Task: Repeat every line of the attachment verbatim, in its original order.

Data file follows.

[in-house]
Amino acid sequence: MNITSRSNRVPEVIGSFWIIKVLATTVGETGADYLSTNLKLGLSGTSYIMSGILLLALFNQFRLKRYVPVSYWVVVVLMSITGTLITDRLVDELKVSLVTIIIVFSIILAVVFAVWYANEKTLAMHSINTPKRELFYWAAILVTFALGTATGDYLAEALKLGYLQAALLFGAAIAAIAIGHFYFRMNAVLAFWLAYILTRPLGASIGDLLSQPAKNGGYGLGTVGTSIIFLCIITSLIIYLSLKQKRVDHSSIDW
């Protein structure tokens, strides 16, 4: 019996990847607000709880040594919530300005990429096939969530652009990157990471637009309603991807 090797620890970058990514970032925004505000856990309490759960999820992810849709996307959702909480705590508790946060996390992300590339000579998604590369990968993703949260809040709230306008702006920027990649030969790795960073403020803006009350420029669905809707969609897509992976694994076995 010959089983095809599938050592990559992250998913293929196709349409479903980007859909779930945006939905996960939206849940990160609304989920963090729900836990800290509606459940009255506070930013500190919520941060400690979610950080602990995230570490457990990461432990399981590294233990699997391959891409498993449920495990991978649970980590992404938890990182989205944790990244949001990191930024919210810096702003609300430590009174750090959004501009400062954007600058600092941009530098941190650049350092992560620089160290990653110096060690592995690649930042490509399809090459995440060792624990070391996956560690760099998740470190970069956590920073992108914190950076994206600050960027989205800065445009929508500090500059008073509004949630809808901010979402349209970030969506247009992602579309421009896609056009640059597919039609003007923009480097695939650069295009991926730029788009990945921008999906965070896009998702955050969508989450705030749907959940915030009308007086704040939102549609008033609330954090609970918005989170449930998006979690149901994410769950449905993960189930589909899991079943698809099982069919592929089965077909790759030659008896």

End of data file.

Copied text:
[in-house]
Amino acid sequence: MNITSRSNRVPEVIGSFWIIKVLATTVGETGADYLSTNLKLGLSGTSYIMSGILLLALFNQFRLKRYVPVSYWVVVVLMSITGTLITDRLVDELKVSLVTIIIVFSIILAVVFAVWYANEKTLAMHSINTPKRELFYWAAILVTFALGTATGDYLAEALKLGYLQAALLFGAAIAAIAIGHFYFRMNAVLAFWLAYILTRPLGASIGDLLSQPAKNGGYGLGTVGTSIIFLCIITSLIIYLSLKQKRVDHSSIDW
């Protein structure tokens, strides 16, 4: 019996990847607000709880040594919530300005990429096939969530652009990157990471637009309603991807 090797620890970058990514970032925004505000856990309490759960999820992810849709996307959702909480705590508790946060996390992300590339000579998604590369990968993703949260809040709230306008702006920027990649030969790795960073403020803006009350420029669905809707969609897509992976694994076995 010959089983095809599938050592990559992250998913293929196709349409479903980007859909779930945006939905996960939206849940990160609304989920963090729900836990800290509606459940009255506070930013500190919520941060400690979610950080602990995230570490457990990461432990399981590294233990699997391959891409498993449920495990991978649970980590992404938890990182989205944790990244949001990191930024919210810096702003609300430590009174750090959004501009400062954007600058600092941009530098941190650049350092992560620089160290990653110096060690592995690649930042490509399809090459995440060792624990070391996956560690760099998740470190970069956590920073992108914190950076994206600050960027989205800065445009929508500090500059008073509004949630809808901010979402349209970030969506247009992602579309421009896609056009640059597919039609003007923009480097695939650069295009991926730029788009990945921008999906965070896009998702955050969508989450705030749907959940915030009308007086704040939102549609008033609330954090609970918005989170449930998006979690149901994410769950449905993960189930589909899991079943698809099982069919592929089965077909790759030659008896």